By Carol Bradley Bursack, AgingCare.com
When the family member we are trying to care for is impossible to please, it’s often because of long-standing family dynamics. I’m not talking about someone in intolerable pain, or someone who has little control over their brain because of dementia or Alzheimer’s. In those cases, we often need to get the help of professionals, whether it’s hospice care for end-of-life pain or a memory unit for Alzheimer’s patients who may not be safe at home.
However, many caregivers on this forum talk about caring for parents who have abused them for a lifetime. Aging, and the problems that come with it, has only made this abuse more intense. No, your parents may not be able to hit you anymore, but that loss of physical control for them sometimes can make their tongues an even stronger weapon.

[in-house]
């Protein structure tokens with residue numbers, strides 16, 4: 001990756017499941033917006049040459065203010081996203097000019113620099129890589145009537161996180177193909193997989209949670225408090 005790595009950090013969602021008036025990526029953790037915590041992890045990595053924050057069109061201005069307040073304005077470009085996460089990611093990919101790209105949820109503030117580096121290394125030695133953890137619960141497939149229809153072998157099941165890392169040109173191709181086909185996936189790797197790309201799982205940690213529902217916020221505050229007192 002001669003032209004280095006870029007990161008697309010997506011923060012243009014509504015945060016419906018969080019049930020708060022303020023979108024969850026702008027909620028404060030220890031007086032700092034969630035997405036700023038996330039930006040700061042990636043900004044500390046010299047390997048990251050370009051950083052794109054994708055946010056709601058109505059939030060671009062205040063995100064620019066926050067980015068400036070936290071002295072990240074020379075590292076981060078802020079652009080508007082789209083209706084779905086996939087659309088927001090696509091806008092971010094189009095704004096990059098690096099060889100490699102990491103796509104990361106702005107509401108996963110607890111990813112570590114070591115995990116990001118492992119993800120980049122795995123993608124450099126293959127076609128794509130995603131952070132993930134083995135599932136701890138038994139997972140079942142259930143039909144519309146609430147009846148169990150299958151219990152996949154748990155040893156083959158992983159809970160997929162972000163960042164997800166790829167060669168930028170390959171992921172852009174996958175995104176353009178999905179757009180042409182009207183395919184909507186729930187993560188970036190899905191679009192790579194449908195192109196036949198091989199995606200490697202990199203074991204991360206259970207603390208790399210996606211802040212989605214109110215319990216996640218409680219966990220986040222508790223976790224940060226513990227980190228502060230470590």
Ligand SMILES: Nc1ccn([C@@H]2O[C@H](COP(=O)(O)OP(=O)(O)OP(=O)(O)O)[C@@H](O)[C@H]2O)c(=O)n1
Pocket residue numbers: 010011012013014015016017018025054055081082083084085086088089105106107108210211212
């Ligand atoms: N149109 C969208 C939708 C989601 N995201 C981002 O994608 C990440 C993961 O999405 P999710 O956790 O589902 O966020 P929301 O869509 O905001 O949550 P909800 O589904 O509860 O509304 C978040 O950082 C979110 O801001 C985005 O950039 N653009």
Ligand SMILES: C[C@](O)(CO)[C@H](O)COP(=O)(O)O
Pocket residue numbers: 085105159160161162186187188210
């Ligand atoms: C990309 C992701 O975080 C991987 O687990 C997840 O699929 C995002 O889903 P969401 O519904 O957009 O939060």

Yet, it’s natural for adult children to love their parents and even want to care for them as they age. If your parents abused you when you were a child, how do you care for them without harming yourself by being subjected to ongoing criticism and abuse?
Many counselors would suggest “detaching with love.” Detaching is a method of setting boundaries to protect yourself. It can also mean that you give up the notion that you can control their behavior, and you stop allowing them to control yours. It’s hard. It takes practice. But for many, detaching works.
Detaching With Love: Setting Boundaries in Toxic Relationships originally appeared on AgingCare.com.